HRT For Men Upper Stewartsville, NJ

Endometriosis

Endometriosis symptoms are much like the effects of PMS, and include pelvic pain, fatigue, cramping, and bloating. While doctors aren't entirely sure what causes this painful, uncomfortable condition, most agree that hormones - particularly xenoestrogens - play a factor.

Endometriosis symptoms are much like the effects of PMS and include pelvic pain, fatigue, cramping, and bloating. While doctors aren't entirely sure what causes this painful, uncomfortable condition, most agree that hormones - particularly xenoestrogens - play a factor.

Xenoestrogen is a hormone that is very similar to estrogen. Too much xenoestrogen is thought to stimulate endometrial tissue growth. HRT for women helps balance these hormones and, when used with a custom nutrition program, can provide relief for women across the U.S.

 Sermorelin Upper Stewartsville, NJ

What is Sermorelin?

Sermorelin is a synthetic hormone peptide, like GHRH, which triggers the release of growth hormones. When used under the care of a qualified physician, Sermorelin can help you lose weight, increase your energy levels, and help you feel much younger.

 HRT Upper Stewartsville, NJ

Benefits of Sermorelin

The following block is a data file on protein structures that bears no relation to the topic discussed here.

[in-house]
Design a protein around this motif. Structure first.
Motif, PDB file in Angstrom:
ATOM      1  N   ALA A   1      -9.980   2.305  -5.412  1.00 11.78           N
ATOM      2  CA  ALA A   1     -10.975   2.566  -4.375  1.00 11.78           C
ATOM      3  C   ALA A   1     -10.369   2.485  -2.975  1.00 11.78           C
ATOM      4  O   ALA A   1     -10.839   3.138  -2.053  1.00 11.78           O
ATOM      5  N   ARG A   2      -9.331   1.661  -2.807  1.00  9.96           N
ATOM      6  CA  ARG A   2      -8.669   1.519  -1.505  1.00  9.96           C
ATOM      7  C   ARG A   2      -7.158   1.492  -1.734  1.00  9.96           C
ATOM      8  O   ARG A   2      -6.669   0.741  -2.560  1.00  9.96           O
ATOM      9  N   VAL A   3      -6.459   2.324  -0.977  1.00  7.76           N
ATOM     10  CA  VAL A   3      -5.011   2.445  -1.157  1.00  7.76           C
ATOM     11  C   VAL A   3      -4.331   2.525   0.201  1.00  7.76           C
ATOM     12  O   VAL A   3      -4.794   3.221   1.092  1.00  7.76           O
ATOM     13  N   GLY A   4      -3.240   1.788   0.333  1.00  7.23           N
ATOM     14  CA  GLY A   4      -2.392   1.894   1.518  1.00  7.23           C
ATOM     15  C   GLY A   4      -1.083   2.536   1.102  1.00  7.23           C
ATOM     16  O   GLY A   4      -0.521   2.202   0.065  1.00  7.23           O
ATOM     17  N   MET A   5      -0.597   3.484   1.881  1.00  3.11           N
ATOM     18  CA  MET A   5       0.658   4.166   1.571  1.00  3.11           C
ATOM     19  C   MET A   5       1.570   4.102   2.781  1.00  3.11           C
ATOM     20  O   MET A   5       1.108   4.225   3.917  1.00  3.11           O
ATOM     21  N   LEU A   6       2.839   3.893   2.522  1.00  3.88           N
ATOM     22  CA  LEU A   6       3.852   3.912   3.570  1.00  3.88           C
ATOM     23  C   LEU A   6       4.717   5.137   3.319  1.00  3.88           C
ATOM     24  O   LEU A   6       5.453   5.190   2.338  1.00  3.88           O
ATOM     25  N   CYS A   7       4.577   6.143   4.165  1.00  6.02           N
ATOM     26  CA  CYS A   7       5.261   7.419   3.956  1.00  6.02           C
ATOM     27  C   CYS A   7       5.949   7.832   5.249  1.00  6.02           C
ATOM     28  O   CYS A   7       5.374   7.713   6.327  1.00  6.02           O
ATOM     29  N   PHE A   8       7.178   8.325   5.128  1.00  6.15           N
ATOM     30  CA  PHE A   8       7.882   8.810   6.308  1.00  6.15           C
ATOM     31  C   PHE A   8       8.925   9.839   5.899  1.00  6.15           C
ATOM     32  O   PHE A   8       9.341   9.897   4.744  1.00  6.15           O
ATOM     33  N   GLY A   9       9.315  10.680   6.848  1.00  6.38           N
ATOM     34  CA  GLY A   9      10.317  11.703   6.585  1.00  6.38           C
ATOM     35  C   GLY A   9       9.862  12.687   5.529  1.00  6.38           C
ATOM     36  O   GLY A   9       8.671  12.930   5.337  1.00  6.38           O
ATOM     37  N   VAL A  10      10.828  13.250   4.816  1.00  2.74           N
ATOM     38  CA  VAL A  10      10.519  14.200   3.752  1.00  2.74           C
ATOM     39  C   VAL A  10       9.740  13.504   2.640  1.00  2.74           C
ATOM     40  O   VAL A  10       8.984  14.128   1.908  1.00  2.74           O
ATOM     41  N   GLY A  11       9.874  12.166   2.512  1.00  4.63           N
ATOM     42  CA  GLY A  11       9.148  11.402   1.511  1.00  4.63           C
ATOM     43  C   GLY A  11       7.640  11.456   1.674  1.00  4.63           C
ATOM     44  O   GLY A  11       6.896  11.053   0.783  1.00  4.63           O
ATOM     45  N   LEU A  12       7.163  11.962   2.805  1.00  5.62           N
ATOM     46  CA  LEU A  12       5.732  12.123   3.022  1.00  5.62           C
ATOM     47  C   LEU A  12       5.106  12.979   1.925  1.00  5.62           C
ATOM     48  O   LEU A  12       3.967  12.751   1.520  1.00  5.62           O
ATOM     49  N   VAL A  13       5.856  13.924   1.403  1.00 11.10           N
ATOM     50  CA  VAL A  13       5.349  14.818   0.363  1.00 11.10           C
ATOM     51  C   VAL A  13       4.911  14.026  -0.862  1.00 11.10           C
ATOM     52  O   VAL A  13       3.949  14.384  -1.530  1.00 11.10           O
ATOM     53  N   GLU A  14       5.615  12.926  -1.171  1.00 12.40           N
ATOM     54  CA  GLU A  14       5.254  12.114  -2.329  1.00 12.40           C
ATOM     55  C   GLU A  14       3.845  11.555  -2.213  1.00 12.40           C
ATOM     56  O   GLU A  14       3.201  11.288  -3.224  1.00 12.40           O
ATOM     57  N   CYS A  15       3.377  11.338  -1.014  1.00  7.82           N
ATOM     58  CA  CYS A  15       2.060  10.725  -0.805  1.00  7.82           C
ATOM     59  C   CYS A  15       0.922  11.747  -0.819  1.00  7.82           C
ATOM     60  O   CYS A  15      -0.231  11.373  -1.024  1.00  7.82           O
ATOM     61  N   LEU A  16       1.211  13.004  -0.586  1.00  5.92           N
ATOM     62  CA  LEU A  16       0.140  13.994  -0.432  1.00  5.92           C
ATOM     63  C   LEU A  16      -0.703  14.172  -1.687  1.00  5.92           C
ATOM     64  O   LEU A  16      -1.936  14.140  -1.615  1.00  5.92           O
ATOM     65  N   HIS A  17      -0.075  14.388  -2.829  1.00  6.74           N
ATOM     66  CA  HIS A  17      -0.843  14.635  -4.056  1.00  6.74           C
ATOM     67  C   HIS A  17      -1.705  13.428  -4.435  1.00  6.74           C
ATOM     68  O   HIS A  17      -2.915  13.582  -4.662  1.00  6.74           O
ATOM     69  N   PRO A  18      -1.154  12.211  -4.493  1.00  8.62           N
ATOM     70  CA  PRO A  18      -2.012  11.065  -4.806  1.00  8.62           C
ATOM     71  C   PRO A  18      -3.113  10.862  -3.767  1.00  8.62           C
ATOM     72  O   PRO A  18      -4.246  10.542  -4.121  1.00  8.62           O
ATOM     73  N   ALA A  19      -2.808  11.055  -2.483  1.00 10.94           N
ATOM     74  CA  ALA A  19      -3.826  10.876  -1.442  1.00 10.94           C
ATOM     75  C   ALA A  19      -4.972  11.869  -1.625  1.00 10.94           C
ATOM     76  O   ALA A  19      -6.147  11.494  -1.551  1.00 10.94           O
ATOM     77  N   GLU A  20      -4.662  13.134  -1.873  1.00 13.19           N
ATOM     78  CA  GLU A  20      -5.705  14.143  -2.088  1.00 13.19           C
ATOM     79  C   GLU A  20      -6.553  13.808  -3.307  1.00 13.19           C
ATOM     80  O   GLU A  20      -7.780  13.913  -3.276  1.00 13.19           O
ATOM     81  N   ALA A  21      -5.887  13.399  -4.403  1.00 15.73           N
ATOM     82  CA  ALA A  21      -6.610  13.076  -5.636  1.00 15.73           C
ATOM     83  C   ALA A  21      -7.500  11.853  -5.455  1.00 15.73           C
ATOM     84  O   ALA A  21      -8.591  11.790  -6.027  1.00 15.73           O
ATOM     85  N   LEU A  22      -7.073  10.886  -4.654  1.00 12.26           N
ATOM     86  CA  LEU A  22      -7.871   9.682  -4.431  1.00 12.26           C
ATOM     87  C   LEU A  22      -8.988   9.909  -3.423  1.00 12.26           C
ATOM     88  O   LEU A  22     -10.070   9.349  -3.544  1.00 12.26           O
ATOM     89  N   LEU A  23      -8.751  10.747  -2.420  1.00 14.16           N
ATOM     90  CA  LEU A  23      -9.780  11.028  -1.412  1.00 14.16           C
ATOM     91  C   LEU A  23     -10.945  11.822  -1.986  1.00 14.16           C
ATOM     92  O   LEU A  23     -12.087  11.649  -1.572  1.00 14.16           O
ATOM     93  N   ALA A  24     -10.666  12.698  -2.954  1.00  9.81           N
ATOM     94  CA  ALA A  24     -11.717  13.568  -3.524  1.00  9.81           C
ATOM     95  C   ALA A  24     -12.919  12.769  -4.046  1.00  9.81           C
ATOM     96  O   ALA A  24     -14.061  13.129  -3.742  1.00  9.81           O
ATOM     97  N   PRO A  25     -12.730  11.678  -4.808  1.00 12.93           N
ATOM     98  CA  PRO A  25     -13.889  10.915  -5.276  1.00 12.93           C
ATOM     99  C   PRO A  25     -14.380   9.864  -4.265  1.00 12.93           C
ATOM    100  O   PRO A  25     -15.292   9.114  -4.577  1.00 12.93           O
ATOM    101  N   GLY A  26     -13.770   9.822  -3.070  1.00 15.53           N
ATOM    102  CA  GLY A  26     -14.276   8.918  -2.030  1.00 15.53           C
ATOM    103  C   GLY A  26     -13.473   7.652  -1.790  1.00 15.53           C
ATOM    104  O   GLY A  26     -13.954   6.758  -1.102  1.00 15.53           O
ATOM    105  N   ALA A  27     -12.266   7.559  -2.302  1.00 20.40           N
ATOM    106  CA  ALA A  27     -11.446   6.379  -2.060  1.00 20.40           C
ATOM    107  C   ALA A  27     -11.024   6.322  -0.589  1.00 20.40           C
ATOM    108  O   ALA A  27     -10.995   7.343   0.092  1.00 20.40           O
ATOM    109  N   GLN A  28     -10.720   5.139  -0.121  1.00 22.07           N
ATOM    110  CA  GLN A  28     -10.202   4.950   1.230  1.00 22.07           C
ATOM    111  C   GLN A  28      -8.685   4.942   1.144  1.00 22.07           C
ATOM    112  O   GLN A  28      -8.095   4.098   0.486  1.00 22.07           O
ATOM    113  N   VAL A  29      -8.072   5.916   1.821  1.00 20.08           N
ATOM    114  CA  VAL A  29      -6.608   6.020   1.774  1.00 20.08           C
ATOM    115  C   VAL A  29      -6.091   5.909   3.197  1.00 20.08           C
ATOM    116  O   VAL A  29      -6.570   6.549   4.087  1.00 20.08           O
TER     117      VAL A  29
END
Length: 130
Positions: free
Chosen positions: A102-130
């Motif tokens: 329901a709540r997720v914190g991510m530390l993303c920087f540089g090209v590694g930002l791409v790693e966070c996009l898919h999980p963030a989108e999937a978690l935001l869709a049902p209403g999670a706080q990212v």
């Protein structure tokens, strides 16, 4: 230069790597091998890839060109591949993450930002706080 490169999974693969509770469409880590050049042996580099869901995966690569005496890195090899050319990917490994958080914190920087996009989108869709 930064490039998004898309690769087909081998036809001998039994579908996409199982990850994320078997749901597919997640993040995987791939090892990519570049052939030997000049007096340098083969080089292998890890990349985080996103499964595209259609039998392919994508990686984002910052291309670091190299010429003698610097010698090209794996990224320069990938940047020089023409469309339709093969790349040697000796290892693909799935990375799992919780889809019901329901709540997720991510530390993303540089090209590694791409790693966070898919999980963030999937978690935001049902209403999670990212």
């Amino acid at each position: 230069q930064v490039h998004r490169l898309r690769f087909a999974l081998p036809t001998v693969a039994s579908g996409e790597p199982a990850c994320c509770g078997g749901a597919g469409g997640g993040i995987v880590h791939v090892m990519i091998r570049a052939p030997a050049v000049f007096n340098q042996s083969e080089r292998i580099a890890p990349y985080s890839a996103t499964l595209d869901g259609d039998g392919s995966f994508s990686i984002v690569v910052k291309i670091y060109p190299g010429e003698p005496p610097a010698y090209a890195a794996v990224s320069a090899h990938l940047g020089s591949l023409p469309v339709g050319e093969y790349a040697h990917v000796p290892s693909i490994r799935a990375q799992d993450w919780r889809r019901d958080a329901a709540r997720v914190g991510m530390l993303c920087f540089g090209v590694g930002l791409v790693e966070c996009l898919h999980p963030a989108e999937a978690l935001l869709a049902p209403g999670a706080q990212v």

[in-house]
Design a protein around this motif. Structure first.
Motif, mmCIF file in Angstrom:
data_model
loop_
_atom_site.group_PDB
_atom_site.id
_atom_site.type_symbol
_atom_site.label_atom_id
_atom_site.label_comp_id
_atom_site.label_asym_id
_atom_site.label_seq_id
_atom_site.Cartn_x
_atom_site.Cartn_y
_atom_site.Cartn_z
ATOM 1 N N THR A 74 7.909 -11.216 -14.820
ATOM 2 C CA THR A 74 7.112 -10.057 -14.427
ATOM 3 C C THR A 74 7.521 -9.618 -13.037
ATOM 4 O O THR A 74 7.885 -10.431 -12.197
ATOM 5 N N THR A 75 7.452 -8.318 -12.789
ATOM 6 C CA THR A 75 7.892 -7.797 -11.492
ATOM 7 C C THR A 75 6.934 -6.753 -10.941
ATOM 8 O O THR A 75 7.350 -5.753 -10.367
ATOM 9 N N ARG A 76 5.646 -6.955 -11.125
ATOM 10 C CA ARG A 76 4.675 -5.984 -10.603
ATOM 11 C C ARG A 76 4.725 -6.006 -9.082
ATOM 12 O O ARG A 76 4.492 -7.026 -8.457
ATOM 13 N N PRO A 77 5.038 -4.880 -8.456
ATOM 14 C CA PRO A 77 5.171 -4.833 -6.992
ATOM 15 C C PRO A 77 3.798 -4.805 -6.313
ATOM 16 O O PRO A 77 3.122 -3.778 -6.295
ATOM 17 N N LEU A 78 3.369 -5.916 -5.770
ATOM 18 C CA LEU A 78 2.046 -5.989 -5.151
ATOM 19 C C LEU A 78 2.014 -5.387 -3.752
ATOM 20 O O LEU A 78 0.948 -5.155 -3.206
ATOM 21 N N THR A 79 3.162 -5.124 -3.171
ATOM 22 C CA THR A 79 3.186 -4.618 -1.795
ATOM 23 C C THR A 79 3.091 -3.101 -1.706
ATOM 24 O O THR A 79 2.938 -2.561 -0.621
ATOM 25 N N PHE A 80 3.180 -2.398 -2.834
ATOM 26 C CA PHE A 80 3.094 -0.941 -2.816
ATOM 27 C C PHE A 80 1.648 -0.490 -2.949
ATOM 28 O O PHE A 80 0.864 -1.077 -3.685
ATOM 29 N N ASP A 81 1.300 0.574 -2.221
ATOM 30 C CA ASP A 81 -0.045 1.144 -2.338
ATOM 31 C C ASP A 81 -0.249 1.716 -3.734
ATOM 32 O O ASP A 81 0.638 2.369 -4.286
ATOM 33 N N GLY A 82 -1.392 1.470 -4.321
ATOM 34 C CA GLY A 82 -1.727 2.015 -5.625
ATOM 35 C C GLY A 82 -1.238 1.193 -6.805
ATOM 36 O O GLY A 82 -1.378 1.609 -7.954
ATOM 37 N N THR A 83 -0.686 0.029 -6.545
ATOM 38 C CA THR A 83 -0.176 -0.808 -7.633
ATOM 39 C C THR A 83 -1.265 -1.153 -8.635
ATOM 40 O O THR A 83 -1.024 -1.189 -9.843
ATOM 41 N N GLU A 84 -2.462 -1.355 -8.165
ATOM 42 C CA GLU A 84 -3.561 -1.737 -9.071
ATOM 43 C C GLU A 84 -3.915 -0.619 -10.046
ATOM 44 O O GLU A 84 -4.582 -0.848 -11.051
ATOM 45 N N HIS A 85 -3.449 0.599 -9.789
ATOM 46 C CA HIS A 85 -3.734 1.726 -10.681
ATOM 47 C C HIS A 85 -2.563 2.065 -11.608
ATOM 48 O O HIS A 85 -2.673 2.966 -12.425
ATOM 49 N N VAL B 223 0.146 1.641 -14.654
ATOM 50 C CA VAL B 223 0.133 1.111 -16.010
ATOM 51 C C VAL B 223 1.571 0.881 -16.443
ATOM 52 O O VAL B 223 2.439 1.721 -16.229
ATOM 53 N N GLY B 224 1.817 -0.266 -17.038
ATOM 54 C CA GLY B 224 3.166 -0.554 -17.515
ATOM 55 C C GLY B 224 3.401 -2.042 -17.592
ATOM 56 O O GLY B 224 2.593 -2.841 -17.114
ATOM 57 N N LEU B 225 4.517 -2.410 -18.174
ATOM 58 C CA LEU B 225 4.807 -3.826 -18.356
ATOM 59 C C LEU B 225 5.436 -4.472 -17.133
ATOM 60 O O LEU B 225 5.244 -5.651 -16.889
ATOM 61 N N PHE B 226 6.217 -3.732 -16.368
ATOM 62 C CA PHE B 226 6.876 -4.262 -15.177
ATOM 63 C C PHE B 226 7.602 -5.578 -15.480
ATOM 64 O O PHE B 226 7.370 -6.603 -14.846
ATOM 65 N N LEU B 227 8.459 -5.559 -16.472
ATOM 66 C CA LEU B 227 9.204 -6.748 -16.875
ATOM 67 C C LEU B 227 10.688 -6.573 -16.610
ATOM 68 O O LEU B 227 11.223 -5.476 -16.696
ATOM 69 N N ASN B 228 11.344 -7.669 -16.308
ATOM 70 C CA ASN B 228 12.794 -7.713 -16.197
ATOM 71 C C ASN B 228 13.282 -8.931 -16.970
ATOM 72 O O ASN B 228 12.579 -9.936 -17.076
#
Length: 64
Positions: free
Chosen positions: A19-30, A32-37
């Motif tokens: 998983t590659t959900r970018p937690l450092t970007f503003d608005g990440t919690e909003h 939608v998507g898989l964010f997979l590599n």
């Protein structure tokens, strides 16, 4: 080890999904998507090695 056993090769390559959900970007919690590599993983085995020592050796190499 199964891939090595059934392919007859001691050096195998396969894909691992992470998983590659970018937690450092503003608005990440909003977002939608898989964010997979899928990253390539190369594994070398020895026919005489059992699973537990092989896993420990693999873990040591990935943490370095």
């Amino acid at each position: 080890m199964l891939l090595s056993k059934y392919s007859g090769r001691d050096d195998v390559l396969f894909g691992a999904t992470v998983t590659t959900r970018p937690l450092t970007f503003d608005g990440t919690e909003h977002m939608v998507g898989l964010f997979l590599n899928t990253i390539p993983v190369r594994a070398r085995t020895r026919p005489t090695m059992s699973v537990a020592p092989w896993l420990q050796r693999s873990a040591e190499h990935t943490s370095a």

Human growth hormone (HGH) therapy has been used for years to treat hormone deficiencies. Unlike HGH, which directly replaces declining human growth hormone levels, Sermorelin addresses the underlying cause of decreased HGH, stimulating the pituitary gland naturally. This approach keeps the mechanisms of growth hormone production active.

  • Benefits of Sermorelin include:
  • Better Immune Function
  • Improved Physical Performance
  • More Growth Hormone Production
  • Less Body Fat
  • Build More Lean Muscle
  • Better Sleep
 Hormone Replacement Upper Stewartsville, NJ

What is Ipamorelin?

Ipamorelin helps to release growth hormones in a person's body by mimicking a peptide called ghrelin. Ghrelin is one of three hormones which work together to regulate the growth hormone levels released by the pituitary gland. Because Ipamorelin stimulates the body to produce growth hormone, your body won't stop its natural growth hormone production, which occurs with synthetic HGH.

Ipamorelin causes growth hormone secretion that resembles natural release patterns rather than being constantly elevated from HGH. Because ipamorelin stimulates the natural production of growth hormone, our patients can use this treatment long-term with fewer health risks.

Hormone Replacement Therapy Upper Stewartsville, NJ

Benefits of Ipamorelin

One of the biggest benefits of Ipamorelin is that it provides significant short and long-term benefits in age management therapies. Ipamorelin can boost a patient's overall health, wellbeing, and outlook on life.